[Editor's note: The following article is winner of the first annual LITA/Endeavor Student Writing Award.]
Libraries face many policy and technological difficulties in providing remote access to databases, making effective use of Internet bandwidth, controlling where patrons browse on public computers, and gathering statistics on usage. Some libraries have chosen to employ proxy Web servers to solve these problems. This paper outlines the use of proxy Web servers by libraries to address these areas and documents survey results on their use in libraries.
In its most general definition, a proxy server is "[a]n intermediary server that accepts requests from clients and forwards them to other ... servers." (1) In the general form of this definition, a proxy server may act as an intermediary for one of many Internet protocols (such as HTTP, FTP, Telnet, NNTP, and others). This paper focuses on the application of proxy Web servers in general, and specifically their use in library networks to solve library-specific problems.
There are four reasons a library may install a proxy Web server: to enable access to resources by patrons outside a library's network, to filter Web requests or responses on public stations, to conserve bandwidth and improve response time, and to gather statistics on Web usage. In order to identify why libraries had installed proxy servers and what proxy server software was used, a survey was prepared and distributed in November 2000. Additional questions were asked about the documentation provided to patrons about how to use a proxy server and any privacy statements about the disposition of proxy server log files. This paper will discuss the information gathered in the survey.
The survey was posted to the following electronic mailing lists: Web4Lib@sunsite.berkeley.edu, PACS-L@ listserv.uh.edu, LITA-L@ala1.ala.org, teknoids@listserv. law.cornell.edu, SYSLIB-L@listserv.acsu.buffalo.edu, LIS-LINK@mailbase.ac.uk, and PUBLIB-NET@sunsite. berkeley.edu. E-mail messages were also sent to the attendees of the second and third LITA Regional Institutes on Web Proxy Servers and Authentication. A copy of the survey appears at the end of this paper in appendix A.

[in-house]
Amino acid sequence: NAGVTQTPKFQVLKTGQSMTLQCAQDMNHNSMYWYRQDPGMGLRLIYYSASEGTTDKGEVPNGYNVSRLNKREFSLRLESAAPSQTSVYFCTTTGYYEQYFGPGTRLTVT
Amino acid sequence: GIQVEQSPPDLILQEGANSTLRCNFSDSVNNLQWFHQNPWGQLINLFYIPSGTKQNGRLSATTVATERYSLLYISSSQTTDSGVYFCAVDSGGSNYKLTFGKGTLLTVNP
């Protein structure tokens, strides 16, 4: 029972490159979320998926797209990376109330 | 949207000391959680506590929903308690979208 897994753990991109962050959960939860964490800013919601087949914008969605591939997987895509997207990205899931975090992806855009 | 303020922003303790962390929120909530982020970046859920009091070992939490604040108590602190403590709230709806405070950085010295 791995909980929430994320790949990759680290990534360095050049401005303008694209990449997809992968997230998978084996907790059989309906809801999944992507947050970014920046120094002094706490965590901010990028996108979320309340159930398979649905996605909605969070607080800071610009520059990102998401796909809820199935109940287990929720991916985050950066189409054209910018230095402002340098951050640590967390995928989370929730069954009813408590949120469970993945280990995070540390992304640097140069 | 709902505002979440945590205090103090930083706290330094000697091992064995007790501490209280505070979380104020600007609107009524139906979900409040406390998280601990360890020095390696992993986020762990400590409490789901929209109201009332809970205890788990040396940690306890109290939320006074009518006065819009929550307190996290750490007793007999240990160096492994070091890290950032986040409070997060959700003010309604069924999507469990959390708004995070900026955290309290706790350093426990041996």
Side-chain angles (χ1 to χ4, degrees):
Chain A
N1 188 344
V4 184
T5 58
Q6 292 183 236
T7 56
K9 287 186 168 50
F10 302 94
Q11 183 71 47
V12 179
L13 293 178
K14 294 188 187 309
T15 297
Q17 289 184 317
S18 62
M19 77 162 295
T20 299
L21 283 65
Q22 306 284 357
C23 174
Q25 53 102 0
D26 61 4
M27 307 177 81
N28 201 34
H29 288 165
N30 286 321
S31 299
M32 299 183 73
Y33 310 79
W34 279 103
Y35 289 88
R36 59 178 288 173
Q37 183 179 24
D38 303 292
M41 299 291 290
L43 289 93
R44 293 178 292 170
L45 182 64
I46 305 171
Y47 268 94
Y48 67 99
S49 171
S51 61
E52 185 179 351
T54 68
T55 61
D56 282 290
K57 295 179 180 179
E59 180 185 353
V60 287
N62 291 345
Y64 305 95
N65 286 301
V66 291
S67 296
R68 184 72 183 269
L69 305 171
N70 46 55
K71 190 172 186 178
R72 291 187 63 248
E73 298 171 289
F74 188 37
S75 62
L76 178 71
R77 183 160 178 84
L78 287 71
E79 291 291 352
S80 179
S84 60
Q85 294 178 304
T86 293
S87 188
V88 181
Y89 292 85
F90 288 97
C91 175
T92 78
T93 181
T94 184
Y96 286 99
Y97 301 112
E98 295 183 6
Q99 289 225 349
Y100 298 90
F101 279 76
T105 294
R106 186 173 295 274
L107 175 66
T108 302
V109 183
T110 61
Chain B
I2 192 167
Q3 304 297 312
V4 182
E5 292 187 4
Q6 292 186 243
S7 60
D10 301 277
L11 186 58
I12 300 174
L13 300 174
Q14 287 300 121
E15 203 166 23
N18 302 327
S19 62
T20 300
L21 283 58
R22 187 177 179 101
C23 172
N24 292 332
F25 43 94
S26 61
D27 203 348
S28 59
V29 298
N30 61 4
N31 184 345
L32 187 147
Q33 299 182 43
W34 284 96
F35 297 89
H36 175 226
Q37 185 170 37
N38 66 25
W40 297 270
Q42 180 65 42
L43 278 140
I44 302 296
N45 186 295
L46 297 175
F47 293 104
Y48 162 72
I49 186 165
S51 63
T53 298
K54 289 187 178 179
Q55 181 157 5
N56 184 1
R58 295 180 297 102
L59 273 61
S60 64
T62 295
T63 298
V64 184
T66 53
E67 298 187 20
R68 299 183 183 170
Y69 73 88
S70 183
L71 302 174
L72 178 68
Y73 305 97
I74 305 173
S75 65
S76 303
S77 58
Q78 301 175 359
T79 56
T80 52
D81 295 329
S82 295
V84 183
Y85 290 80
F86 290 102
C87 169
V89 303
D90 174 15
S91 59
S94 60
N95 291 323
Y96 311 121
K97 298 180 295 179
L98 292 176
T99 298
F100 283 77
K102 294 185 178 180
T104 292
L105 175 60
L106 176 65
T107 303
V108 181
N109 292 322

Between November 16 and December 22, 2000, eighty-five libraries responded to the call for participation in the survey. Respondents had the option to identify themselves and their institution; that information was used for follow-up information, much of which is discussed in this paper. A breakdown of library types is shown in table 1. Three of the responding libraries were not using proxy servers at this time.
Proxy for Remote Resource Access
By far the most frequent reason for libraries to use Web proxy servers is to enable off-network patrons to access vendor-provided resources. These resources are typically restricted to a particular institution's subscription by one of two methods: vendor-supplied username/password authentication or network address recognition. Although alternate methods exist for the purpose of authenticating access to resources (vendor-supplied scripts and referer-URL authentication, for example), these methods do not enjoy widespread implementation.
The problems of distributing vendor-supplied usernames and passwords to a community of users and keeping them secure are well known; such a method allows access to a resource from nearly any Web browser in the world. A single username and password supplied by the vendor can be distributed to individual patrons or posted on an internal Web site. In addition to the packet sniffing problems discussed in Cole, there is nothing inherent in this scheme that prevents the password from being given to patrons outside the institution's community. (2) The same problem exists for usernames and passwords distributed to individuals, although it is easier to identify abuses with a single user's password and cancel access for a username which has been compromised. …